About Melissa Camara Wilkins

Melissa Camara Wilkins is a homeschooling mom of six in Southern California. She writes about being who you were made to be and letting go of the rest. Whether you’re feeling overwhelmed, frazzled, and frustrated, or just want to bring more intention to your days, she’d love to send you a free copy of The Simpler Summer Guide. It’ll help make your life simpler, all summer long.

Write your own permission slip

Write your own permission slip.Written by Melissa Camara Wilkins

The smell of freshly sharpened pencils is the scent of possibility. I stand by that. A sheaf of blank paper, piles of sticky notes: these are the things dreams are made of. Doesn’t everyone love school supplies? (Please say yes.)

I am keeping an eye out for new markers, but in the meantime the supply I’m really stocking up on is permission slips.

A permission slip, really?

“Permission slips?” you might ask. “Those little papers that say, Yes, my child has permission to ride the bus. Yes, my child has permission to pet the goats. Yes, my child has permission to visit the bakery/factory/power plant for educational purposes? That is not even a school supply.”

Oh, but it is! (And never mind the thing about the goats, that isn’t relevant here.)

A permission slip says, “Hey, this thing that you were not sure was okay? It is okay. It is definitely, totally, completely, okay.”

It isn’t an excuse or a get-out-of-jail-free card. It’s a way of saying, “I’m not going to do things the usual way. Here’s what I have decided to do instead.”

And before we jump into this next season, I think we might need to write some for ourselves.

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3 steps to a simpler summer

3 Steps to a Simpler SummerWritten by Melissa Camara Wilkins

A couple of my friends have been talking about how few summers we have with our kids, and how to make the most of them.

I say helpful things, like, “oh,” and, “hmm,” and “Eighteen! It’s not a very big number, is it?” This is code for “this conversation is making me so anxious that I may break out in hives at any time.”

It’s not that I am trying not to notice how fast my kids are growing up (though that is probably true).

It’s just that there are so many good ways to spend a summer. Should we go for summer camp or summer reading? Block party or beach bonfire? Water slides or water balloons? Roller coasters or roller skates? Field trips or museum trips or road trips or trips to grandma’s house?

And if I skip it all in favor of free play, will the only thing my kids remember be how they sang “I’m bo-ored” all summer long?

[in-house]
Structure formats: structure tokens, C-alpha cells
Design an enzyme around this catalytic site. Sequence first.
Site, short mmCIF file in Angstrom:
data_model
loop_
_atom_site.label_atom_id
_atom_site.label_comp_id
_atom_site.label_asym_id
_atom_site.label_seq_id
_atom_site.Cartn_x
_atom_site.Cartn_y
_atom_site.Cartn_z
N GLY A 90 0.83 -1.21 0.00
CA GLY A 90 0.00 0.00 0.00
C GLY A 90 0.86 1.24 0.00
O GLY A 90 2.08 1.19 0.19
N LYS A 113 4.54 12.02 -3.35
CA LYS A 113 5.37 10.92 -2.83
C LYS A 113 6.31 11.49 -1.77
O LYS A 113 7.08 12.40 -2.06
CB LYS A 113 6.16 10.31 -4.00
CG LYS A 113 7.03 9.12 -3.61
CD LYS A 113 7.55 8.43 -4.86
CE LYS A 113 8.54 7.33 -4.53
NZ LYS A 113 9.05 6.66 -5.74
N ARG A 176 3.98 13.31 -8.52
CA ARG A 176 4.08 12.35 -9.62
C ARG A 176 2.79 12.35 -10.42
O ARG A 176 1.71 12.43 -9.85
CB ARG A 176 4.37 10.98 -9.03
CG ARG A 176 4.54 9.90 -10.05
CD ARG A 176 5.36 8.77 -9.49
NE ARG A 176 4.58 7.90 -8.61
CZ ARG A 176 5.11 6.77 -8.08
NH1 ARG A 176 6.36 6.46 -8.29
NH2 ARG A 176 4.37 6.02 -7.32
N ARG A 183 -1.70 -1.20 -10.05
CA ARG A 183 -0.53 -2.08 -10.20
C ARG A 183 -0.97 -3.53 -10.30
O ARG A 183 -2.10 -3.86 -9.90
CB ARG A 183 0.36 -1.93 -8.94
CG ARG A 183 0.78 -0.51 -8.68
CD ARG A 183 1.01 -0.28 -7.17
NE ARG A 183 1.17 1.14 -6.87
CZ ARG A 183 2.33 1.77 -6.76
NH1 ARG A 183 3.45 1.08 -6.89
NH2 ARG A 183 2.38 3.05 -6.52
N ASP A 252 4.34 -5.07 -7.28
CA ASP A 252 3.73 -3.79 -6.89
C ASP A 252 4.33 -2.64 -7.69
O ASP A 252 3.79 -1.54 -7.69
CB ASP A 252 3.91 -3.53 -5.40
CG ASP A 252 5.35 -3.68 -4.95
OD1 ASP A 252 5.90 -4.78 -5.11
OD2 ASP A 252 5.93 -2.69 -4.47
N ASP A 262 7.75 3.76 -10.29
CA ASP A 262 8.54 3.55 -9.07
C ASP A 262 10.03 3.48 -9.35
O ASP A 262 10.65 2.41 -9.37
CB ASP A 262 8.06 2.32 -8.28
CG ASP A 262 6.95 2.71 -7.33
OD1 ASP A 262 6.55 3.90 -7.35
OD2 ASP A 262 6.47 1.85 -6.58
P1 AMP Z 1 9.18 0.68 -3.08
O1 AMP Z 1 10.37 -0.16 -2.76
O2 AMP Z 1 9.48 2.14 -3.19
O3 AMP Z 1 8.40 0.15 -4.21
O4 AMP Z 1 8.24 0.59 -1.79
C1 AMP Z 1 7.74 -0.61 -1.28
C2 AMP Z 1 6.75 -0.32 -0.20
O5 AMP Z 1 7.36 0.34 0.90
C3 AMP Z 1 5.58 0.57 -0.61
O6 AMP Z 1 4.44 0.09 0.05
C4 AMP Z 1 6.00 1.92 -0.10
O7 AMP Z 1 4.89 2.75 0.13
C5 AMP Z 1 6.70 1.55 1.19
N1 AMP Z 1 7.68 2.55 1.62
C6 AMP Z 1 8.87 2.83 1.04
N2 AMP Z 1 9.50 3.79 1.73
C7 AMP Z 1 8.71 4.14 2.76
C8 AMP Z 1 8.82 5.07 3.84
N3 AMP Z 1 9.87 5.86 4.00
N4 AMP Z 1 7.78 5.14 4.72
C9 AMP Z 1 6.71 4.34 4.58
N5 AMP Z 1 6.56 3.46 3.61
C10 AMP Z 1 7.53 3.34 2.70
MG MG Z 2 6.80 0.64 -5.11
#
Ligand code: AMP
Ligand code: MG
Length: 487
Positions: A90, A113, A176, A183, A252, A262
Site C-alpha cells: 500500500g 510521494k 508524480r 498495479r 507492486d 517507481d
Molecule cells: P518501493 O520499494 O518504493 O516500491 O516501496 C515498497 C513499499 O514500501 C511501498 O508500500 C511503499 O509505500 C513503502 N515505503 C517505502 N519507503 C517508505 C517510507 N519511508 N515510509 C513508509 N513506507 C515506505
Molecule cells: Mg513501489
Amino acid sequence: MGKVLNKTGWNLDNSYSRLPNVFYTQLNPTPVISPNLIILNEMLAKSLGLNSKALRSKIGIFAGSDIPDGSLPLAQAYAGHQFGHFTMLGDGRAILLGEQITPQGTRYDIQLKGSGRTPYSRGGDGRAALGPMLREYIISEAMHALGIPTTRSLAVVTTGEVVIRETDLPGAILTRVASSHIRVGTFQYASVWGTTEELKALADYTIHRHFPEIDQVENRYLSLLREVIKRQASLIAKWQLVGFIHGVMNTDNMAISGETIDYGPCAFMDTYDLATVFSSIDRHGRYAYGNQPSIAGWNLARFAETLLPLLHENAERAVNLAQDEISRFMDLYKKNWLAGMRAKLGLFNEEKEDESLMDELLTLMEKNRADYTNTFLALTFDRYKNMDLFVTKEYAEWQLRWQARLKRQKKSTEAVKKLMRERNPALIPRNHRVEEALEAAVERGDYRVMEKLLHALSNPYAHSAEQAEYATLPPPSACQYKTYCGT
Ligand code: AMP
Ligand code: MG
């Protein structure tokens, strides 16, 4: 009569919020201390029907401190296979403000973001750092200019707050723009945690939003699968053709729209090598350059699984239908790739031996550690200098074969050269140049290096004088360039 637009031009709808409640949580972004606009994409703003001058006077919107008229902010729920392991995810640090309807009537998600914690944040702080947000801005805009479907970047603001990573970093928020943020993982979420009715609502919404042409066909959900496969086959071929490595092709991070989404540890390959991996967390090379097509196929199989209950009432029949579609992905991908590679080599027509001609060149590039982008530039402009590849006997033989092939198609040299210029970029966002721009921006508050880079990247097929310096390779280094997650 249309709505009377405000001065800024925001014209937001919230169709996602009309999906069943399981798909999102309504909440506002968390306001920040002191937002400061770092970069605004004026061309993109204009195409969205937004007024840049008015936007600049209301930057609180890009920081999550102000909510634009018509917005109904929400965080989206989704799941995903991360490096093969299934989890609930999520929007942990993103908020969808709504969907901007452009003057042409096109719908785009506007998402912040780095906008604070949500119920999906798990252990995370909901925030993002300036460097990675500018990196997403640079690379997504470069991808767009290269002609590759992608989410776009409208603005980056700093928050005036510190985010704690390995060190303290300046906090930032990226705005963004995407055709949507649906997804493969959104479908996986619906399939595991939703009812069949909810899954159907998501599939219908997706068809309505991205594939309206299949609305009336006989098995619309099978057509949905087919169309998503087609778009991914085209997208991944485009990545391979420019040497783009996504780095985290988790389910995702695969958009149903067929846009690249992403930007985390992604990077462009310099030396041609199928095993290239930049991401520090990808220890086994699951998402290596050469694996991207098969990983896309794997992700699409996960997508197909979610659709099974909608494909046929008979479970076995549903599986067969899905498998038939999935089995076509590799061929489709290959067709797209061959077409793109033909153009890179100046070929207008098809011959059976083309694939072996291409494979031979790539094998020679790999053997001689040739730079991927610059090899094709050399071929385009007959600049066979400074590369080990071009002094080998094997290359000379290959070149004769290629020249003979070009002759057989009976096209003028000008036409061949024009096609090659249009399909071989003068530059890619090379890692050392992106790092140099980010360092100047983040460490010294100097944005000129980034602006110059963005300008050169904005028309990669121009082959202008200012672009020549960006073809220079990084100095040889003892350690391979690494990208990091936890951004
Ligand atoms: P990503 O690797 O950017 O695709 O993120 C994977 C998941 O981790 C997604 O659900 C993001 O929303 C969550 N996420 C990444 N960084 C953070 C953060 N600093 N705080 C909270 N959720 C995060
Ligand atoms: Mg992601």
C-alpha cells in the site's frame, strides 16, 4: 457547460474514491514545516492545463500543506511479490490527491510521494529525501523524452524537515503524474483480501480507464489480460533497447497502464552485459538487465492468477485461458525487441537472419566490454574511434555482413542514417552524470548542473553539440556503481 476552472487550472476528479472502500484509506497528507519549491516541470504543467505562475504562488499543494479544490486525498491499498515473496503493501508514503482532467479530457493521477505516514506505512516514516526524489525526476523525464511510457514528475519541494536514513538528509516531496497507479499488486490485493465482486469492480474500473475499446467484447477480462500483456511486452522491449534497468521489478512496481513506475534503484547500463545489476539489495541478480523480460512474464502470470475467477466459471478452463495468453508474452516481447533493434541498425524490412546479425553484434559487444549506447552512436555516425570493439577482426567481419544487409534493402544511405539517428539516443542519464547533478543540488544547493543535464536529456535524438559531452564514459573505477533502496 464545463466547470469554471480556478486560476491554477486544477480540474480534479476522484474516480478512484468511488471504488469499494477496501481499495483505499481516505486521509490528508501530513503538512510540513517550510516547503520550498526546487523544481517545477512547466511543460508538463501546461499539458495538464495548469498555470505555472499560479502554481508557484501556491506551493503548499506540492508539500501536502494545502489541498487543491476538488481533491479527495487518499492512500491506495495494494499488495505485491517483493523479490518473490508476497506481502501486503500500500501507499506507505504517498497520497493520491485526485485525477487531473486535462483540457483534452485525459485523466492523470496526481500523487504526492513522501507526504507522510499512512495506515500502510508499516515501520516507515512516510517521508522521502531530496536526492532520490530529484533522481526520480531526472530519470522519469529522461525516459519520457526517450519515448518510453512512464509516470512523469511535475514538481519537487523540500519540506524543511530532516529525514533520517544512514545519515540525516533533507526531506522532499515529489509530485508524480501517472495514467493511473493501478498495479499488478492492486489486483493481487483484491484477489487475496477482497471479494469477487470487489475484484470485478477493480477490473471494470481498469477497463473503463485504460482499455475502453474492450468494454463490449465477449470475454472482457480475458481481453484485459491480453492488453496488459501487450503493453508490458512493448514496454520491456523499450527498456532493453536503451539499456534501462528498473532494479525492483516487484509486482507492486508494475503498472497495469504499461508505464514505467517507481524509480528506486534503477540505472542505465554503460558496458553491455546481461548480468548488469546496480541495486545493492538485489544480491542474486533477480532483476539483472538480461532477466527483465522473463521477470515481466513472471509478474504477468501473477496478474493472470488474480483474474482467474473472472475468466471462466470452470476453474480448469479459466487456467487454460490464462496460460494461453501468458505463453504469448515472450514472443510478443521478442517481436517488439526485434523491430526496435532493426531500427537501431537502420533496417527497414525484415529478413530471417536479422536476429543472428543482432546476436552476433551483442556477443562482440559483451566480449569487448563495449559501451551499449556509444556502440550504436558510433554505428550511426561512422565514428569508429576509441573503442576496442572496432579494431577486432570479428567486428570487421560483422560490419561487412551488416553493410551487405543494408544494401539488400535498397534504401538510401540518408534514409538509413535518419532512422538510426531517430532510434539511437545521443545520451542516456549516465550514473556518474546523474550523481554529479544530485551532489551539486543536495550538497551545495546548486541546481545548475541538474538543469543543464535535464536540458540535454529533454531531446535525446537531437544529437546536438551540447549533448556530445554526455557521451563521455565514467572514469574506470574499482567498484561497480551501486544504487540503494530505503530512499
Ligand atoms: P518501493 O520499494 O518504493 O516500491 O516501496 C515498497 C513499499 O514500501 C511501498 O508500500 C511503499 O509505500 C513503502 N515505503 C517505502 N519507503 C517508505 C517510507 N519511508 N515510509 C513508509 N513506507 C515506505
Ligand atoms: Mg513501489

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3 tips for finding good books fast

3 Tips For Finding Good Books
Written by Melissa Camara Wilkins

A few months ago I met with some friends for a Let’s All Talk About Parenting Night.

A “parenting mastermind group,” if you will. Or “an excuse to troubleshoot over tall glasses of lemonade.” Either way.

We met in the evening, so we had to figure out what to do about food. Should we assign dishes? Sign up to bring stuff? This was actually more effort than anyone wanted to spend, so we decided to all just bring something. Anything.

We ended up with the aforementioned lemonade, but also wine and cheese and fruit and crackers, veggies and hummus, a couple of salads, a pasta dish, and something chocolate.

Everyone brought their own best thing. We put all our offerings together, and we had a feast.

I think life is like that, too. I have something to offer, you have something to offer.

Our gifts may be wholly unrelated to salad and chocolate, but we’re each holding something we can share with our families and with our world.
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4 words you really need to hear right now

4words
Written by Melissa Camara Wilkins

You know what? I’m proud of my kids.

They’re creative and funny, they’re interesting and curious, and they pursue all kinds of ideas I would never have thought to investigate. I bet you feel the same way about your kids. I bet you even tell them that.

Maybe you don’t use those particular words, but I bet your face lights up when they show you their latest creations. I bet you ask thoughtful questions when they tell you what they’re reading or writing or puzzling over.

I bet you celebrate their projects and their accomplishments, because they’re pretty great. I bet you let them know that you’re proud of them in a zillion little ways.
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Melissa’s homeschool day in the life (with a 2-, 5-, 8-, 9-, 12- & 15-year-old)

melissamainpicmo
Written by Melissa Camara Wilkins

I feel a little silly writing to you about our daily routine, because between holidays and travel and sick kids, the pattern of our days has been off for weeks.

Our usual daily routine starts with breakfast and morning chores. After that, I try to structure our time and our environment and let each kid choose what to work on within that framework.

So all morning, the house is more-or-less calm and I’m available to help kids with focused work. After lunch we have quiet time, when we can each rest or work on our own projects without being interrupted (much). Then in the afternoons we play or run errands, make and eat dinner, prepare for the next day, and go to bed.

dayinthelife3

This week, though, is a planning week at our house.

This is a new system we’re trying this year and so far we love it. We do our usual projects for four weeks, and then we take a planning week to reflect on what we’ve been working on, and to make plans and goals for the next four weeks.

Here’s what that looks like:

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